Source: SOAS University of London: Protective Rites in the Netra Tantra

Viśva (विश्व) refers to the “all-pervading”, according to the Netratantra of Kṣemarāja: a Śaiva text from the 9th century in which Śiva (Bhairava) teaches Pārvatī topics such as metaphysics, cosmology, and soteriology.—Accordingly, [verse 2.20-22ab]—“[The Mantrin] should worship the mother of Mantras with the highest bhakti, by spreading flowers and perfume, O Devī. He should extract the deity invoked by the Mantra [with the mantra]. Beginning with the all-pervading (viśvaviśvādyaṃ) and ending with manifold [oṃ], [he should] always [worship with] the nectar of the white flower. The bright sound is highest Śakti, [who] resembles one-in-the-same Śiva. By this [worship] the pearls [of the mantra] are all bound in a cord”.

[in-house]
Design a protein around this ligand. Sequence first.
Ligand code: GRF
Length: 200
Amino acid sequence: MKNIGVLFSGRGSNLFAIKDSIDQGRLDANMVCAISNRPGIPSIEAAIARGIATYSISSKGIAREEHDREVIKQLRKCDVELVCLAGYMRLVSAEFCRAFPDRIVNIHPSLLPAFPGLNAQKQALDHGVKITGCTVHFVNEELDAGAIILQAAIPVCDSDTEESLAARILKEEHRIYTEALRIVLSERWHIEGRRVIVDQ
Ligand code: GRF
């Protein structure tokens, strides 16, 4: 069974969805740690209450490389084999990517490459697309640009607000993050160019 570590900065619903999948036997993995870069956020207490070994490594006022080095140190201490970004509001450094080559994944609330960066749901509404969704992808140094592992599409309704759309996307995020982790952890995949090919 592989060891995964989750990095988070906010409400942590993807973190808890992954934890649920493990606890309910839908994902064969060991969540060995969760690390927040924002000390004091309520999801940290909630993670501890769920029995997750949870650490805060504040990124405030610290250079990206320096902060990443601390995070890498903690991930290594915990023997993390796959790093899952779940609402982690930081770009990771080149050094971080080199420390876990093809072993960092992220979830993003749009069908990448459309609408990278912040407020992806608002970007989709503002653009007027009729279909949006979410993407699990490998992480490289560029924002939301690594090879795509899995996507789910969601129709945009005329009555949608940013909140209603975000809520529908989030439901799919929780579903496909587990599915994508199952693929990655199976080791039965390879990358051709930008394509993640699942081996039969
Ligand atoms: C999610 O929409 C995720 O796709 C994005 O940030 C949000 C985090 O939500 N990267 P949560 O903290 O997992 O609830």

Shaivism book cover
context information

Shaiva (शैव, śaiva) or Shaivism (śaivism) represents a tradition of Hinduism worshiping Shiva as the supreme being. Closely related to Shaktism, Shaiva literature includes a range of scriptures, including Tantras, while the root of this tradition may be traced back to the ancient Vedas.

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Pancaratra (worship of Nārāyaṇa)

Source: Shodhganga: Iconographical representations of Śiva (pancaratra)